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Ronkonkoma, NY and Catskills, (Zone 7a)
May 17, 2020 7:02 AM CST
|Annabelle leaves are curling as soon as they open. I do not see any insects or webs. This plant was taken from a shrub (180 miles away) so I doubt if it is the soil. The original plant ( 12 yrs old) started doing this two years ago. Flower buds do not fully develop. We have had tons of rain here in New York. I thought I noticed a tiny bit of fuzz on underside but not sure. Please help me save my beautiful shrubs. Thank you
May 18, 2020 3:27 AM CST
|When hydrangea leaves are dry and curling, the most likely cause is drought or insufficient watering. However you say you get a ton of rain and so I supect a possible insect. There are several insect pests that cause leaves to curl when they suck plant juices of new or young leaves that are still growing. These include aphids, thrips, and whiteflies. Get your magifier with a light and get a close look on top and bottom of the leaves.
NOT A EXPERT! Just a grow worm! I never met a plant I didn’t love.✌
May 18, 2020 5:05 PM CST
|The pics do not appear to show a plant in stress or dieing so I think it will be fine.
If you have not seen insects, I would think it is just a little winter damage due to cold temps. Once the sap begins to flow, cold temps below/around 32F or a late frost can zap either the whole leaf or parts. The Catskill, NY area had your share of sub-freezing lows last week and several dips in the 20s-low 30s that could have resulted in frost damage.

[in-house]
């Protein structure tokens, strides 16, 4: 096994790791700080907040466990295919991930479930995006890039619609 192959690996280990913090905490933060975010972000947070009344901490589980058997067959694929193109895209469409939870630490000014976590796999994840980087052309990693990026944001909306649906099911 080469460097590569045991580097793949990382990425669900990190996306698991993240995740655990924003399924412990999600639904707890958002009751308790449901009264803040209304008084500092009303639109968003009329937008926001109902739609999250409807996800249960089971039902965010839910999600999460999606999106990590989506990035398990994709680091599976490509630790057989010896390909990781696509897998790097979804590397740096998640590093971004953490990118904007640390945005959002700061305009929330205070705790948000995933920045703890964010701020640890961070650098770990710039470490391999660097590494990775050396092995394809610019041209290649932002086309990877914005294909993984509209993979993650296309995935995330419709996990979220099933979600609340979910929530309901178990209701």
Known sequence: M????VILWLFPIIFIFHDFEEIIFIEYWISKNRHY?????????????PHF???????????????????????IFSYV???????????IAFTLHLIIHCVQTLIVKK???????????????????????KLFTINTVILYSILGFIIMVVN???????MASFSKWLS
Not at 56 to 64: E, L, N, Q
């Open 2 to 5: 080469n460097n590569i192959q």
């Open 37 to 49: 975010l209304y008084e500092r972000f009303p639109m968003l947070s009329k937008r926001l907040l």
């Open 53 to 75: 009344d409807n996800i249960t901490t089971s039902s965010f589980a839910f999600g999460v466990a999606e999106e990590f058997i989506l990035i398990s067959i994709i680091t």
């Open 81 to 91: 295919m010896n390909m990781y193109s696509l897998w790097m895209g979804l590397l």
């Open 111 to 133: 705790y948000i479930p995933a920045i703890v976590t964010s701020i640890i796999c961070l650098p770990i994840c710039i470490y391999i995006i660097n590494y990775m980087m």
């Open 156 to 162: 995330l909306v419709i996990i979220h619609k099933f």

Pests like spider mites and worms like the hydrangea leaf tier are liable to show very soon though. They are common in Annabelle-like hydrangeas in the northeast from May through June.
Mites will also show webs on new leaf growth and can be detected by their webbing. But they are very tiny. They prefer to bother the new foliage though.
Worms can be detected by sightings and if you see the moths flying to lay eggs. Pick them and throw them away in the trash.
Mealy bugs should also be around the corner in the NE. They are whiteish and can be seen during the day. They like Annabelle-like hydrangeas too.
Chemicals used by you or by neighbors could also cause some damage. New foliage would suffer more but you would think that some of the older leaves would also suffer a little too. Depending on winds and the size of the affected shrubs, the location of the plant damage might point to where the whiff of chemicals came from.
I am not quite sure how this problem is affecting the blooms though (is it not too early yet for blooms up there?). Annabelle blooms on new wood and it should now be starting to think about developing the flower buds. Flower buds in hydrangeas are invisible; they grow inside the stems so they are protected from weather issues and deer-like pests. You can only see leaf buds. When flower buds open off the stems, they look like small broccoli heads. They then get a little larger until they start to form the mophead or lacecaps bloom structure that we are all familiar with.
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